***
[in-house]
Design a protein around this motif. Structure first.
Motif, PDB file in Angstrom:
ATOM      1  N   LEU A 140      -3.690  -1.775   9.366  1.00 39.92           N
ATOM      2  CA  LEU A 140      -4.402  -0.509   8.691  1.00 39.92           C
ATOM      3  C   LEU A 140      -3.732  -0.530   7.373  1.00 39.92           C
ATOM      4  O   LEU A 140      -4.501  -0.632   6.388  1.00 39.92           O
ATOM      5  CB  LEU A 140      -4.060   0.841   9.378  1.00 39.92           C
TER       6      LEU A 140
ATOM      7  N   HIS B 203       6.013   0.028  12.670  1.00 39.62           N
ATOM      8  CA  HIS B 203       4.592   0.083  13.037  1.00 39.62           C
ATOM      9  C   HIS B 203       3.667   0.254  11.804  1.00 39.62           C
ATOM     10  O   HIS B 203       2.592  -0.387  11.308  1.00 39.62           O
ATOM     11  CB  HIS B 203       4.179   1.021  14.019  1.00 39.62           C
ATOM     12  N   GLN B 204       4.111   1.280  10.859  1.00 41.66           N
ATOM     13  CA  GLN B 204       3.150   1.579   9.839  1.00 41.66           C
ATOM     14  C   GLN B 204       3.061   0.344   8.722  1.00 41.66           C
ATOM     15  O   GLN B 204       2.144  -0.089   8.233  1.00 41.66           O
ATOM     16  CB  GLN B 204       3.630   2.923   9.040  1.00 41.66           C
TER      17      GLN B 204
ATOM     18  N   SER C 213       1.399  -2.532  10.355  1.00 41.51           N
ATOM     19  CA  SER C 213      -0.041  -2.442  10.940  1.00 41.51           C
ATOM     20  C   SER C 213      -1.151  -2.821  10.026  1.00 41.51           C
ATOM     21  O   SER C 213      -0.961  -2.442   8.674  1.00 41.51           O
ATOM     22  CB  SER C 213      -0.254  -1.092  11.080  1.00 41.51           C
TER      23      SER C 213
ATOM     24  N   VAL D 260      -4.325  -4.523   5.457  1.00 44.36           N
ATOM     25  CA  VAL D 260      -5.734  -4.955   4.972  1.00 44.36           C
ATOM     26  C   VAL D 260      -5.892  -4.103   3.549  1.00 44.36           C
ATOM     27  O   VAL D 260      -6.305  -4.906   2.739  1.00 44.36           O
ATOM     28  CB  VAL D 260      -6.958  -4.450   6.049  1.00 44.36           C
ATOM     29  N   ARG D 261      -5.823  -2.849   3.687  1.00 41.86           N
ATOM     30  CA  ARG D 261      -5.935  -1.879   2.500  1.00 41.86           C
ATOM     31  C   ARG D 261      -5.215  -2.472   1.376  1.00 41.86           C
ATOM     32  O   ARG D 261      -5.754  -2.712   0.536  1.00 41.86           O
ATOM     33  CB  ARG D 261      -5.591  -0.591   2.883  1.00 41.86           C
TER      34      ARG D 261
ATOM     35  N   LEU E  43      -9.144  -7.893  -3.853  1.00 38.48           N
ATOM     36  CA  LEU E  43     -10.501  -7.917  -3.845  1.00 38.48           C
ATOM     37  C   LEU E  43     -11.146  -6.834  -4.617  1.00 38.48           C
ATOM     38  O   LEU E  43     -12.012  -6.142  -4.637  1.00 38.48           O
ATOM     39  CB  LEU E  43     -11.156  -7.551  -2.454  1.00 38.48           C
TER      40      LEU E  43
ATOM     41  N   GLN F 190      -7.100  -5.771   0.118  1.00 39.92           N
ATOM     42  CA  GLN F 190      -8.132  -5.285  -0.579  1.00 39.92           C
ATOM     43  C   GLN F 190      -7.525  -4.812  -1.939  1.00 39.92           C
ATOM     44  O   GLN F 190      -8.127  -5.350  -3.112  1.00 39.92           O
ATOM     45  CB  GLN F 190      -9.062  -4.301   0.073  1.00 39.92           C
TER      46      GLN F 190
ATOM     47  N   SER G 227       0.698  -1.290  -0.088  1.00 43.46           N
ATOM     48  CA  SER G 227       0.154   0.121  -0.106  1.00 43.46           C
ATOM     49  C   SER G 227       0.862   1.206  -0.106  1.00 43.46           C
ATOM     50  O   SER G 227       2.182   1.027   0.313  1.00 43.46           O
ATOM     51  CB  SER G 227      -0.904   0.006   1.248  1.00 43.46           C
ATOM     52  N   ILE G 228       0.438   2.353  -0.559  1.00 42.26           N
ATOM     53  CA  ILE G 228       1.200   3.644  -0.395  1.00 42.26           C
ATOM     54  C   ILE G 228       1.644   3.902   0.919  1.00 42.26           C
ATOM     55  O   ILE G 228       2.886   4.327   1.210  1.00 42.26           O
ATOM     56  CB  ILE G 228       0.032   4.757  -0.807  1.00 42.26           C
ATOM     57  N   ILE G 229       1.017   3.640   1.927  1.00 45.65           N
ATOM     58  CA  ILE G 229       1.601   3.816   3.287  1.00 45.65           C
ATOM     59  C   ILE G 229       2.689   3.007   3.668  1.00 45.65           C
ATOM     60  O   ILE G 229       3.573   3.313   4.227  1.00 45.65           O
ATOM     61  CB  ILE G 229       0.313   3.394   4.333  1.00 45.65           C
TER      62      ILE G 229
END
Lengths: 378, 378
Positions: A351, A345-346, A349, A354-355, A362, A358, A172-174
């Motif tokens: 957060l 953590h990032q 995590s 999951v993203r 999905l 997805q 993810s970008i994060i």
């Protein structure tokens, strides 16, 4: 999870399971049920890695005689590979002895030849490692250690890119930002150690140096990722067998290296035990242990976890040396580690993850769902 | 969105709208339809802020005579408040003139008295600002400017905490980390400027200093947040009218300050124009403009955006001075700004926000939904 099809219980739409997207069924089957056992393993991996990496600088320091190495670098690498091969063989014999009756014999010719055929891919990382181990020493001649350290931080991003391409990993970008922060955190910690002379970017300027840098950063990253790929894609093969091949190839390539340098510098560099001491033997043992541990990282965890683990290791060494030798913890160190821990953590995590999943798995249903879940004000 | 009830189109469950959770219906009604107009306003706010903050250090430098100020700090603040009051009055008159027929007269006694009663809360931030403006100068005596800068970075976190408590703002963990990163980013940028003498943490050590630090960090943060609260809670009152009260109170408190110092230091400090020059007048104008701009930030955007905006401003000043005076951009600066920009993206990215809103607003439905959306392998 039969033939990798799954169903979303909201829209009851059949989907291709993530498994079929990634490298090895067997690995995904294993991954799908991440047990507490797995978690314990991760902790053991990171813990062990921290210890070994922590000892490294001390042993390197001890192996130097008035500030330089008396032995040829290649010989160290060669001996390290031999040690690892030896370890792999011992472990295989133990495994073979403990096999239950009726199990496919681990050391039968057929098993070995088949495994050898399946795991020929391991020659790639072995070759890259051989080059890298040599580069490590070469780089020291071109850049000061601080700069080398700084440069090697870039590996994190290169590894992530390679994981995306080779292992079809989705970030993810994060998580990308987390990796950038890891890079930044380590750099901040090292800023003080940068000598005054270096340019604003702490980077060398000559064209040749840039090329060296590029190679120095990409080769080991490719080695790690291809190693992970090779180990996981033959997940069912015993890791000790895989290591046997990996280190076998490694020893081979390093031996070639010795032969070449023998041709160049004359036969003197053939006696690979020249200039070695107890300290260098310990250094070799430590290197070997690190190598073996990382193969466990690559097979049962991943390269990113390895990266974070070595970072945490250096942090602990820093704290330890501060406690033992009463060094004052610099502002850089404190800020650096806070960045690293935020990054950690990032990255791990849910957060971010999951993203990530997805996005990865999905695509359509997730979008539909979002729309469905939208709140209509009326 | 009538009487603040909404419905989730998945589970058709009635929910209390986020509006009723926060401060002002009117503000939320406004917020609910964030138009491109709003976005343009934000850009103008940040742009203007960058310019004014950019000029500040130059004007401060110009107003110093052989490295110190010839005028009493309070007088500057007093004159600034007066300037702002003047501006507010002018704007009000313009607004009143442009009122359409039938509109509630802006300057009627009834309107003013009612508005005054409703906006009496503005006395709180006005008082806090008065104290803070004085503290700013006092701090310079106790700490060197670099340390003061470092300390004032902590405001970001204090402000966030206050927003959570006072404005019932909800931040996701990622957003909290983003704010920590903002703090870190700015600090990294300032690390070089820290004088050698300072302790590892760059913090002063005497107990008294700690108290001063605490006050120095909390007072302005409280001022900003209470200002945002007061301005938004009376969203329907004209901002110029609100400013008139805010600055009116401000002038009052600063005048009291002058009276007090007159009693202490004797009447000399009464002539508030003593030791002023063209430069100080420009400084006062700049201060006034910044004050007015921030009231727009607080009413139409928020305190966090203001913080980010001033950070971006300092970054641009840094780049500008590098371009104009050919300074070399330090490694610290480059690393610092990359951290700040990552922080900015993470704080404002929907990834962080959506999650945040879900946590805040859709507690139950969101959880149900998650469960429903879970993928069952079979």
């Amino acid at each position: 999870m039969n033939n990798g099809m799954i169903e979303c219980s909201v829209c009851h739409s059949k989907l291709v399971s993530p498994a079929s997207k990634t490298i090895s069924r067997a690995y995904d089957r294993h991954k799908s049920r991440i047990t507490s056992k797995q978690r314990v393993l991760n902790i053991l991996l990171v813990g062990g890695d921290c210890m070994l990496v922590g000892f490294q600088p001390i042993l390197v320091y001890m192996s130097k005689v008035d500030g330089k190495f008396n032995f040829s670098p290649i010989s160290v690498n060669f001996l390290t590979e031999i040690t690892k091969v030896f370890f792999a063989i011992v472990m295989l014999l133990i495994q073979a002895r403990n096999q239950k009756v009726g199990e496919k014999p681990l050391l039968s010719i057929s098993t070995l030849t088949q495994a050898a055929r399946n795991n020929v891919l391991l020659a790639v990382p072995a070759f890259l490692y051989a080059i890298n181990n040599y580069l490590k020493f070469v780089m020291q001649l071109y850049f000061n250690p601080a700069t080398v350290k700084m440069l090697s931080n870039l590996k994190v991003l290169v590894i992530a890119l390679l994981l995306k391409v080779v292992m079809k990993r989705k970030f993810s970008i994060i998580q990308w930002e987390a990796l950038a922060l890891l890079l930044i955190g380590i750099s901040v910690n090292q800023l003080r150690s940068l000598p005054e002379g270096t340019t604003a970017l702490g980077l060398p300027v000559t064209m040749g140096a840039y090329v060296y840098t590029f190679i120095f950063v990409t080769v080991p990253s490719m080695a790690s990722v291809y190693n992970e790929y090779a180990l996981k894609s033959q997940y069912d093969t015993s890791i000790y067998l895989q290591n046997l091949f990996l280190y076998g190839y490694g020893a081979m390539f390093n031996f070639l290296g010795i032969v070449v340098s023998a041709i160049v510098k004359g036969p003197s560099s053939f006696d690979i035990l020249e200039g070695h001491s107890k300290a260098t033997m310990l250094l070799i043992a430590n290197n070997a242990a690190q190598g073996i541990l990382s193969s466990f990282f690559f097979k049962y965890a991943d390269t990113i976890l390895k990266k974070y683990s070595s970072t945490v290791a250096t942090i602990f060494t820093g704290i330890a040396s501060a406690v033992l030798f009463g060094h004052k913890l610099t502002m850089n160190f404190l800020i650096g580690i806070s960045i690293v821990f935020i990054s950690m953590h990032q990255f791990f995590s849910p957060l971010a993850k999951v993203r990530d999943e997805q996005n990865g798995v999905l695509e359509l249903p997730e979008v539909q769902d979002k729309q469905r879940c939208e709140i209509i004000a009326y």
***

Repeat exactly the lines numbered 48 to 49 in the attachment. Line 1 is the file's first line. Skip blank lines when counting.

ATOM     45  CB  GLN F 190      -9.062  -4.301   0.073  1.00 39.92           C
TER      46      GLN F 190